RSSL takes on global R&D role as Kraft restructures

By Elaine Watson

- Last updated on GMT

Related tags: New product development, Cadbury plc

RSSL takes on global R&D role as Kraft restructures
Reading Scientific Services (RSSL) will house an expanded global science and technology centre supporting Kraft worldwide following a radical restructuring that will also see Cadbury Bournville transformed into a global centre of excellence for chocolate research.

The move formed part of a broader announcement in which Kraft revealed plans to shut down its Cheltenham HQ and relocate commercial, administrative and other support staff to Bournville and Uxbridge.

Under the proposals, Bournville will become responsible for driving new product development, new technologies and best practice for brands such as Dairy Milk, Milka, Toblerone, Côte d’Or, Terry’s, Green & Black’s, Suchard and Lacta.

Meanwhile, staff at Reading would go beyond chocolate and conduct research into all areas of confectionery, said a spokesman. "Reading will look at more deep dive R&D whereas the Bournville R&D is more application-specific."

While Kraft's European R&D centre at Munich would remain open, some jobs would transfer to the UK following the restructuring, he added. "Munich covers drinks, snacks, biscuits and so on as well as confectionery, but the chocolate research hub is now moving to the UK."

When RSSL was established in the late 1980s, its function was to provide technical outsourced solutions for Cadbury and some other companies. However, it now conducts analysis, consultancy, product development and training work for the food and drink, pharmaceutical, healthcare and consumer goods industries.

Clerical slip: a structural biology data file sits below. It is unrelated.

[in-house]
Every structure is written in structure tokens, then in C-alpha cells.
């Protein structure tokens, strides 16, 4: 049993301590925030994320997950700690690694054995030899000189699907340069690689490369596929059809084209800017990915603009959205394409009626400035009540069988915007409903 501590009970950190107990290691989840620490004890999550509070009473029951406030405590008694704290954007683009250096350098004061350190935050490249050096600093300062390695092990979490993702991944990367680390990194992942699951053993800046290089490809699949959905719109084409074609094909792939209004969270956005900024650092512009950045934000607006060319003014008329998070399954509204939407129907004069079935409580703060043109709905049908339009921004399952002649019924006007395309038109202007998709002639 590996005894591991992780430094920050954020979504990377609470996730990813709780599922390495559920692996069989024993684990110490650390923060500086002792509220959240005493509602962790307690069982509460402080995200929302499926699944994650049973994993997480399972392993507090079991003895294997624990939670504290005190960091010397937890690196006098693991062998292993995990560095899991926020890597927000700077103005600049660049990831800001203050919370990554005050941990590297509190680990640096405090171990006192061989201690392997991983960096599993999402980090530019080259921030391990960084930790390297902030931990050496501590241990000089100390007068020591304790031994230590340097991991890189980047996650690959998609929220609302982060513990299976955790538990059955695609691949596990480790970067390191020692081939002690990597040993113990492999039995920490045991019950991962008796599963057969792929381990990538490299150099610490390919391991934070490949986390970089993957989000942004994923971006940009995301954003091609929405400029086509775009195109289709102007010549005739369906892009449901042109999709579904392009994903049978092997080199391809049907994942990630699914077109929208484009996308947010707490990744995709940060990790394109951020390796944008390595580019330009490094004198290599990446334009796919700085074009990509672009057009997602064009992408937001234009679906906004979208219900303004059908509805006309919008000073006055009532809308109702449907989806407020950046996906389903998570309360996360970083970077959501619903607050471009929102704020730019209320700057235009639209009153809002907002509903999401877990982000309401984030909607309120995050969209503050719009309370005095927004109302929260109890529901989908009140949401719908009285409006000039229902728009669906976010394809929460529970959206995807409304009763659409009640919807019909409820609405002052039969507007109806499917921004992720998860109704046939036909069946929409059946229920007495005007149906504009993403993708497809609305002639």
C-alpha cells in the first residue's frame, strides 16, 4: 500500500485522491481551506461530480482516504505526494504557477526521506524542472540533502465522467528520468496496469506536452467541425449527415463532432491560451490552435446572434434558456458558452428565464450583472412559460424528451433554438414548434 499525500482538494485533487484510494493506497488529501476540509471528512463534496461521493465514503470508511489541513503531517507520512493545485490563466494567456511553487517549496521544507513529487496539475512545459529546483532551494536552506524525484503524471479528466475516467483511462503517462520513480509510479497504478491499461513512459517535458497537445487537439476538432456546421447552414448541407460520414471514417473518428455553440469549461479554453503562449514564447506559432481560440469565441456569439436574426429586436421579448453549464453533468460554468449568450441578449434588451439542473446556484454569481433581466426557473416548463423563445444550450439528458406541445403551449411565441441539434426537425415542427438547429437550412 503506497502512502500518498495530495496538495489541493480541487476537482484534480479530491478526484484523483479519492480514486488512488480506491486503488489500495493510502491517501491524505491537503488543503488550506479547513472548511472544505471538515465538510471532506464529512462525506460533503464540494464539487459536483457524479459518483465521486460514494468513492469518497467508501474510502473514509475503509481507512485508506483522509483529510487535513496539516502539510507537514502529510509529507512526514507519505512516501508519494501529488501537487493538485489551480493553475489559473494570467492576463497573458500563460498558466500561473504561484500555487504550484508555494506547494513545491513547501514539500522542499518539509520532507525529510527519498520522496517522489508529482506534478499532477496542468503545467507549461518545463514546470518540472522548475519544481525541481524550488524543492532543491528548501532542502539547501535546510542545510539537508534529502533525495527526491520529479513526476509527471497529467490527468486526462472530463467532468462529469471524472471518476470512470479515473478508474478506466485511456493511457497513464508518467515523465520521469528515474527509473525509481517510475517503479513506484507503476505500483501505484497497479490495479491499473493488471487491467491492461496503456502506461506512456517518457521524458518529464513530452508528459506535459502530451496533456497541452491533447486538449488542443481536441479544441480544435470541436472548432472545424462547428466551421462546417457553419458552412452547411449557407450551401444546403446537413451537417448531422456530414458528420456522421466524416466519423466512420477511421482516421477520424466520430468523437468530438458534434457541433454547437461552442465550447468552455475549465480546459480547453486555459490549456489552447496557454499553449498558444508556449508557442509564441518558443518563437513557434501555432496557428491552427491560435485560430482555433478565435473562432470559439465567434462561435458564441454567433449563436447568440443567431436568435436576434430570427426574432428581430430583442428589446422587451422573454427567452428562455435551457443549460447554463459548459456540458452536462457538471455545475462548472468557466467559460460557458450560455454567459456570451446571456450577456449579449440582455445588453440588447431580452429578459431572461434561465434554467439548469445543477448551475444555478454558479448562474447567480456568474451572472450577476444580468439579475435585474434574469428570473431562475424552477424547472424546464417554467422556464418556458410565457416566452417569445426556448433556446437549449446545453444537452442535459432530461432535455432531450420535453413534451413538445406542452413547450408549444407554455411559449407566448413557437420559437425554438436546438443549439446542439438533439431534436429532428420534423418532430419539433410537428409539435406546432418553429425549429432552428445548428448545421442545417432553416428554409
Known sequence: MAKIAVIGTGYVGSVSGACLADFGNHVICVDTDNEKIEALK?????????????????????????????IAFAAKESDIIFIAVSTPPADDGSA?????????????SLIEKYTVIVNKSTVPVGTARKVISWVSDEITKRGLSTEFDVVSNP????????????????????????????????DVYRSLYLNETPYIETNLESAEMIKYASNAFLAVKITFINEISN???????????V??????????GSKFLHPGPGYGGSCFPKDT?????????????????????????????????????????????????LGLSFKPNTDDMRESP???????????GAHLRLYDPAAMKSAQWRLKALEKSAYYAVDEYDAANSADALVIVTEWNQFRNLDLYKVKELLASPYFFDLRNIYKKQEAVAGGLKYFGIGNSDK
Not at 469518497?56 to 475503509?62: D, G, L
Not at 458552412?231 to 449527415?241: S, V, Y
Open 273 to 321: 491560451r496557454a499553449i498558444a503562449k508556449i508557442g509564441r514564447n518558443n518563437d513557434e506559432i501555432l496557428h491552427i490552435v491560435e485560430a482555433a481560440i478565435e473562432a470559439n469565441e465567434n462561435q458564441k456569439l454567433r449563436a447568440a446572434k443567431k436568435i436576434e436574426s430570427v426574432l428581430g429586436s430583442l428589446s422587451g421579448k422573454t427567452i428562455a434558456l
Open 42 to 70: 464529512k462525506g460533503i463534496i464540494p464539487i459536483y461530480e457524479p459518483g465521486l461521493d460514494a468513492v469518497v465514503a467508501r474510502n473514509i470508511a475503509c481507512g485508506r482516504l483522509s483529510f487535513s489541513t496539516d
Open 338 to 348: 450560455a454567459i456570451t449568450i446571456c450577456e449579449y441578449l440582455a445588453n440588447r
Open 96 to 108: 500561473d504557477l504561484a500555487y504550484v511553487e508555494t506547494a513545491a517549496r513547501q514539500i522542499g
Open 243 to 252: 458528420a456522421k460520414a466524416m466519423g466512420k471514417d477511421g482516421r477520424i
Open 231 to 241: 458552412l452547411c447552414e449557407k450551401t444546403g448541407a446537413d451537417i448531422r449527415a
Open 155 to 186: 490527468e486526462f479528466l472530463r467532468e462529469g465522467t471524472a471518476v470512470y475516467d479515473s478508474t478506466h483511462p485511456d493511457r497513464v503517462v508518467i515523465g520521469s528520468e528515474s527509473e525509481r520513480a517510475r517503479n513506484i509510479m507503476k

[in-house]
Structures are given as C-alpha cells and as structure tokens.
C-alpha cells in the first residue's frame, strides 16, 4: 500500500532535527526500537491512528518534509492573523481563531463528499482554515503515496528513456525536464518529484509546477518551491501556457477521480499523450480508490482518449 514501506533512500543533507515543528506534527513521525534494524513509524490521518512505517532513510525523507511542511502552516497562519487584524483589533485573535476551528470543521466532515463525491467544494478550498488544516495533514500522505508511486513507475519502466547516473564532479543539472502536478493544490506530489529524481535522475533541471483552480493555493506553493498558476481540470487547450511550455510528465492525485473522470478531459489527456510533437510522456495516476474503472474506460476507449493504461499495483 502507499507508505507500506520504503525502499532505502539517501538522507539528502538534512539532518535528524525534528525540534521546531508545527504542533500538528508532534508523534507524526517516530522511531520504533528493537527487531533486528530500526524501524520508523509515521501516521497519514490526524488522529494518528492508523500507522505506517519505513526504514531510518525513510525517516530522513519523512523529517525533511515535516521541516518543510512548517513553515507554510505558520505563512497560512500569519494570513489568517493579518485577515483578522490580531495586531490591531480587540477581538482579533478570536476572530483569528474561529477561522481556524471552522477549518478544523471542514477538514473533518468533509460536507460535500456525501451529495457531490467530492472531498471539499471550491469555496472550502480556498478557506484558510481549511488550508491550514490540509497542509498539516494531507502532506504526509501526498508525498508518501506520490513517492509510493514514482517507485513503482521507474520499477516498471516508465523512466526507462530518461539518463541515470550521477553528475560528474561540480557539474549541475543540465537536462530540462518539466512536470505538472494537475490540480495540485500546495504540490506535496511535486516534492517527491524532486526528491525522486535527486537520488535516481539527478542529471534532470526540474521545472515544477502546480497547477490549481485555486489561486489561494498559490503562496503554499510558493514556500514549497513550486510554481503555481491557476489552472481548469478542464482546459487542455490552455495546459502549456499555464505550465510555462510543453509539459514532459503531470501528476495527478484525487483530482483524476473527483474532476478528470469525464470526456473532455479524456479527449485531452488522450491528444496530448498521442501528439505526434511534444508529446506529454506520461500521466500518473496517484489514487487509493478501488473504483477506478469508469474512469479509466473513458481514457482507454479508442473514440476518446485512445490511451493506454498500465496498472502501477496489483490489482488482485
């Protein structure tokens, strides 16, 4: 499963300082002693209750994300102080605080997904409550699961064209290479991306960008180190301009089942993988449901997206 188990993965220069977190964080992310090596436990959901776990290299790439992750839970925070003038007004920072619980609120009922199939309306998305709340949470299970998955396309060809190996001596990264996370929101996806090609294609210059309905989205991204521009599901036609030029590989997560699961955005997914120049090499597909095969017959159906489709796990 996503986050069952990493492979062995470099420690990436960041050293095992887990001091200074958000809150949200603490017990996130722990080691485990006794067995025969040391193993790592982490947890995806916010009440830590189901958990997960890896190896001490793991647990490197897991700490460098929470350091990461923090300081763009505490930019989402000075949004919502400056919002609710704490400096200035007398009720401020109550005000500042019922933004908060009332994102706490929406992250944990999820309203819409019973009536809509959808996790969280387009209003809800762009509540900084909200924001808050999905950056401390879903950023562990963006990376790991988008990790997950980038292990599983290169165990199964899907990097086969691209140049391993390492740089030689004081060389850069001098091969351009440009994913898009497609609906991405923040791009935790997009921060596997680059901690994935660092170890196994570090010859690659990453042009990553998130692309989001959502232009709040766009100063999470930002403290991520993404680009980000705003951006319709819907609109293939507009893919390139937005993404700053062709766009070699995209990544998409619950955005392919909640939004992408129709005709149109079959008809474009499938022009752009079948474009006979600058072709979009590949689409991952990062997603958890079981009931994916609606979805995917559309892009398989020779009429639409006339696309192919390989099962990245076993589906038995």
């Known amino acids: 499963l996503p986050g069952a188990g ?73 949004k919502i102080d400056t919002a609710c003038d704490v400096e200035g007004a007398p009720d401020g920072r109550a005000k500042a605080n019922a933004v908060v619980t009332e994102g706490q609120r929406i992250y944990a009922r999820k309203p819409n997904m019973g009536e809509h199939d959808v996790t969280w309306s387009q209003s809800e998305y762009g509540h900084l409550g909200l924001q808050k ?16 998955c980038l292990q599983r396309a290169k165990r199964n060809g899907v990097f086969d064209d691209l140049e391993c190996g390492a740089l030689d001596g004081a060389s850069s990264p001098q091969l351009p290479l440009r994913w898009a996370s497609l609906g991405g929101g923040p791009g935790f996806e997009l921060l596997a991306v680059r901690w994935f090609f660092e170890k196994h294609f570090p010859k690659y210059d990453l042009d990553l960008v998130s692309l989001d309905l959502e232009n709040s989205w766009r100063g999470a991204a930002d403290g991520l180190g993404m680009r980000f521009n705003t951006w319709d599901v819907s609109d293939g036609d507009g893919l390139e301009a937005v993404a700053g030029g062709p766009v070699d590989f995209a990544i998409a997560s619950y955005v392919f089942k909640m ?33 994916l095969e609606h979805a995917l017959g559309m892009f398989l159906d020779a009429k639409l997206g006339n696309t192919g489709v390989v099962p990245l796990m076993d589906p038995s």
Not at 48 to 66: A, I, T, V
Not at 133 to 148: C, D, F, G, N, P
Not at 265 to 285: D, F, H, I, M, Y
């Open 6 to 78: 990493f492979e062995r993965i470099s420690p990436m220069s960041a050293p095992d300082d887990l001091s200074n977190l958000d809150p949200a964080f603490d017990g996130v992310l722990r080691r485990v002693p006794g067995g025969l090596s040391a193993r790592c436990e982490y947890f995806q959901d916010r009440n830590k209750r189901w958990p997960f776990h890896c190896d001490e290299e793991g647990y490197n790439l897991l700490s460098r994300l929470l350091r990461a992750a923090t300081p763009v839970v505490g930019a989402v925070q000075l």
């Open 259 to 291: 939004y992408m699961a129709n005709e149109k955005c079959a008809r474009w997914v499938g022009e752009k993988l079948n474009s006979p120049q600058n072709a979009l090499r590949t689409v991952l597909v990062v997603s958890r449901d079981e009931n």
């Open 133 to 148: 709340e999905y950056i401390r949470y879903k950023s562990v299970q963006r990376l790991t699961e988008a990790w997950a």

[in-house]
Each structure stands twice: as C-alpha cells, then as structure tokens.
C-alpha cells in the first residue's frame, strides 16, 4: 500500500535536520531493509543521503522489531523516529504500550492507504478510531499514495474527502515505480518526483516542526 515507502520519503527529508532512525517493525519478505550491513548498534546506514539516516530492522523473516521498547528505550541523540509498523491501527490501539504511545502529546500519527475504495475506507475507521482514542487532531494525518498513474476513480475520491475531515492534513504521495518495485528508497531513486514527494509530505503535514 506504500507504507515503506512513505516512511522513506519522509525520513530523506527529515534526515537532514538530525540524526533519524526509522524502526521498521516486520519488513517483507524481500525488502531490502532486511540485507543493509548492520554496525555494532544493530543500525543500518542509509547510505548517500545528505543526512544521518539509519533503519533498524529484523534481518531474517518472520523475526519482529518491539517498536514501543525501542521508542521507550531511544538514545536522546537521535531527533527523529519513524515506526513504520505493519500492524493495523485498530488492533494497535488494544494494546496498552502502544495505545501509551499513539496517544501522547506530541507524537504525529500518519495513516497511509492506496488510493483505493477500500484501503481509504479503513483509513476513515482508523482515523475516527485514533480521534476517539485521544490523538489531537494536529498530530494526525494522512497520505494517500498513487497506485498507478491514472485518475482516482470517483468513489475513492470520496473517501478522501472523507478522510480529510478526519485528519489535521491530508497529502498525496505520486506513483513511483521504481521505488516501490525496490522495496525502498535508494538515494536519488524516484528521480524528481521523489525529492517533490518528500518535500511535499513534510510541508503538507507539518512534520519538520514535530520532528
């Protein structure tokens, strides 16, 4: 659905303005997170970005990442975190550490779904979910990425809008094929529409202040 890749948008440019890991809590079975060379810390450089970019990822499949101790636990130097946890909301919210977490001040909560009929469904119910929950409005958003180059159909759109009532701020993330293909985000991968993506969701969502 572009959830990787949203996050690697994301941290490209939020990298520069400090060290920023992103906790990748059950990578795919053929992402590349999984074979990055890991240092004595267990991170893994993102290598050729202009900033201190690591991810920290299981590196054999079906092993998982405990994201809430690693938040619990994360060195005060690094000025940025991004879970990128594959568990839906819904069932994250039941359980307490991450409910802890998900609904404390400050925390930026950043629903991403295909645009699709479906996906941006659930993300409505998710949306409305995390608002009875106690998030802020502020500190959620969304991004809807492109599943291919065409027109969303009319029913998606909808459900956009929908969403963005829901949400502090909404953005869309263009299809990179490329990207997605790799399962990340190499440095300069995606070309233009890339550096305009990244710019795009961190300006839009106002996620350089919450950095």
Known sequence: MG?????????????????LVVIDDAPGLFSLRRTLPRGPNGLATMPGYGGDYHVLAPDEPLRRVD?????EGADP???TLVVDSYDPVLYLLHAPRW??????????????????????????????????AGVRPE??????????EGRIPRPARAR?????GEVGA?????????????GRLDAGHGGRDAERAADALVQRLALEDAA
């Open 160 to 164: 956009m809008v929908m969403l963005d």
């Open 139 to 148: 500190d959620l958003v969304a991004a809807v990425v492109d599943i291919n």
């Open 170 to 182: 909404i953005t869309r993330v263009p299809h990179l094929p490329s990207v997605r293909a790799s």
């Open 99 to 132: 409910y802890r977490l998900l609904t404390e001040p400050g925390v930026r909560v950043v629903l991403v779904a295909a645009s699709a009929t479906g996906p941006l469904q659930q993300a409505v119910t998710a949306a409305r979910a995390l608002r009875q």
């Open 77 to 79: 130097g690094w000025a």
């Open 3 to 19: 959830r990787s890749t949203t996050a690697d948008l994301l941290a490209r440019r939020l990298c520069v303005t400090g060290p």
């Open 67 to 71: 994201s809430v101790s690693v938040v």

Its site in Reading is now known as the Reading Science Centre, comprising RSSL and a dedicated Cadbury research team, which has experts in analytical, sensory and consumer science, nutrition, and novel processing technologies.

RSSL would continue to provide analytical services, training and consultancy to a wide range of companies following today's announcement, said md Kay O'Donnell: “We look forward to making a strong contribution to innovative products and the growth of Kraft Foods. But the announcement is also good news for our many clients who value the expertise and experience that RSSL can offer in new product development, problem solving, risk management and addressing quality and safety issues.”

Kraft Cheltenham HQ to close in 18 months

In a statement, Kraft Foods UK & Ireland president Nick Bunker said that consolidating commercial, financial and administrative staff at Uxbridge and Bournville would “strengthen collaboration and support a high performance culture".

He added: “We would be very sad to leave Cheltenham and we would provide significant resources to support employees from all affected sites during the move. However, the business rationale is compelling.

“Having our R&D, customer service and support functions working side-by-side will enable us share more insights, act more quickly and execute more flawlessly, thereby accelerating our growth.”

The transition process would take about 18 months, he predicted: “We will consult fully with all affected individuals about the implications and options available before a final decision is taken and allow as much time as we can for people to plan.”

Operational restructuring

The operational restructuring following Kraft's acquisition of Cadbury is also continuing apace, with the Polish chocolate factory at the centre of the row over the takeover due to start manufacturing products destined for the UK in the second quarter of this year.

The plant, which is next door to Cadbury’s gum plant in Skarbimierz, Poland, will start making products formerly made at Cadbury’s plant in Keynsham, UK, “during the second quarter of this year​”, corporate affairs boss Jonathan Horrell told FoodManufacture.co.uk.

The factory hit the headlines in February after Kraft​ reneged on a pledge to keep Keynsham​ open because Cadbury’s plans to close it and transfer production to Skarbimierz were so far advanced that it would be that “unrealistic to reverse them​”.

Related topics: Confectionery

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